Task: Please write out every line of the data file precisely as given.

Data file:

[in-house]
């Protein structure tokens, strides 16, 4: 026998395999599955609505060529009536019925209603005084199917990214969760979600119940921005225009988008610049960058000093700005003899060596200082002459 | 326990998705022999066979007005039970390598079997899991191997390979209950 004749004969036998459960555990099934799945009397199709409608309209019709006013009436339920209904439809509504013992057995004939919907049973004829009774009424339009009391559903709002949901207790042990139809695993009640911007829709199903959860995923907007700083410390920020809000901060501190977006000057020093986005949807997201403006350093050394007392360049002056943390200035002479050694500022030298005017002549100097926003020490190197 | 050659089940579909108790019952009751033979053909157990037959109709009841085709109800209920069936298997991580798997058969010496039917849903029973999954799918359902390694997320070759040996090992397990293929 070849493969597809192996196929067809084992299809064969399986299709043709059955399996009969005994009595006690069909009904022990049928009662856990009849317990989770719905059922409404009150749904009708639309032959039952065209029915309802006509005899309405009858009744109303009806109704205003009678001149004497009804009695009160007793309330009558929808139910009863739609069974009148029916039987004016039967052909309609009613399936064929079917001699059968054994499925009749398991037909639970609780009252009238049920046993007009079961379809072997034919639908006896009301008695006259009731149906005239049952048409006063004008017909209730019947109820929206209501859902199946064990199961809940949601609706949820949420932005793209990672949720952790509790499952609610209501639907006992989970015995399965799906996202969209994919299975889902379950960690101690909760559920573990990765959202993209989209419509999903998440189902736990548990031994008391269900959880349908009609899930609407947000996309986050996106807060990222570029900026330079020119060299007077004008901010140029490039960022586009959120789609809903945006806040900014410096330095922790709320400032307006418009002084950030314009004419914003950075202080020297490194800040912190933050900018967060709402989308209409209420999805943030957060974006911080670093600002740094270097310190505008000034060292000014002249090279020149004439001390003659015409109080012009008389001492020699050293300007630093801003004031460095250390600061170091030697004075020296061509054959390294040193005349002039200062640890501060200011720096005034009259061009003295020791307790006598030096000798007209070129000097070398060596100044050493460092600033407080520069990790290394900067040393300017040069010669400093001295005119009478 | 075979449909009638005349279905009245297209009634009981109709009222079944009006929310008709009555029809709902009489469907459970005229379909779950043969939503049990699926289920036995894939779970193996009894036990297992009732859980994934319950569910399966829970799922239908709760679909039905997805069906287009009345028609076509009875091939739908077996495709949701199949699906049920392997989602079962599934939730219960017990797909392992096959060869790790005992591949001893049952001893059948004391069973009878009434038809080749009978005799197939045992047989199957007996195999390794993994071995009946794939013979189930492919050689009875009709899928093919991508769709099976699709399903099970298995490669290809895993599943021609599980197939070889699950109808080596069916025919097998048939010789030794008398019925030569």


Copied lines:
[in-house]
């Protein structure tokens, strides 16, 4: 026998395999599955609505060529009536019925209603005084199917990214969760979600119940921005225009988008610049960058000093700005003899060596200082002459 | 326990998705022999066979007005039970390598079997899991191997390979209950 004749004969036998459960555990099934799945009397199709409608309209019709006013009436339920209904439809509504013992057995004939919907049973004829009774009424339009009391559903709002949901207790042990139809695993009640911007829709199903959860995923907007700083410390920020809000901060501190977006000057020093986005949807997201403006350093050394007392360049002056943390200035002479050694500022030298005017002549100097926003020490190197 | 050659089940579909108790019952009751033979053909157990037959109709009841085709109800209920069936298997991580798997058969010496039917849903029973999954799918359902390694997320070759040996090992397990293929 070849493969597809192996196929067809084992299809064969399986299709043709059955399996009969005994009595006690069909009904022990049928009662856990009849317990989770719905059922409404009150749904009708639309032959039952065209029915309802006509005899309405009858009744109303009806109704205003009678001149004497009804009695009160007793309330009558929808139910009863739609069974009148029916039987004016039967052909309609009613399936064929079917001699059968054994499925009749398991037909639970609780009252009238049920046993007009079961379809072997034919639908006896009301008695006259009731149906005239049952048409006063004008017909209730019947109820929206209501859902199946064990199961809940949601609706949820949420932005793209990672949720952790509790499952609610209501639907006992989970015995399965799906996202969209994919299975889902379950960690101690909760559920573990990765959202993209989209419509999903998440189902736990548990031994008391269900959880349908009609899930609407947000996309986050996106807060990222570029900026330079020119060299007077004008901010140029490039960022586009959120789609809903945006806040900014410096330095922790709320400032307006418009002084950030314009004419914003950075202080020297490194800040912190933050900018967060709402989308209409209420999805943030957060974006911080670093600002740094270097310190505008000034060292000014002249090279020149004439001390003659015409109080012009008389001492020699050293300007630093801003004031460095250390600061170091030697004075020296061509054959390294040193005349002039200062640890501060200011720096005034009259061009003295020791307790006598030096000798007209070129000097070398060596100044050493460092600033407080520069990790290394900067040393300017040069010669400093001295005119009478 | 075979449909009638005349279905009245297209009634009981109709009222079944009006929310008709009555029809709902009489469907459970005229379909779950043969939503049990699926289920036995894939779970193996009894036990297992009732859980994934319950569910399966829970799922239908709760679909039905997805069906287009009345028609076509009875091939739908077996495709949701199949699906049920392997989602079962599934939730219960017990797909392992096959060869790790005992591949001893049952001893059948004391069973009878009434038809080749009978005799197939045992047989199957007996195999390794993994071995009946794939013979189930492919050689009875009709899928093919991508769709099976699709399903099970298995490669290809895993599943021609599980197939070889699950109808080596069916025919097998048939010789030794008398019925030569």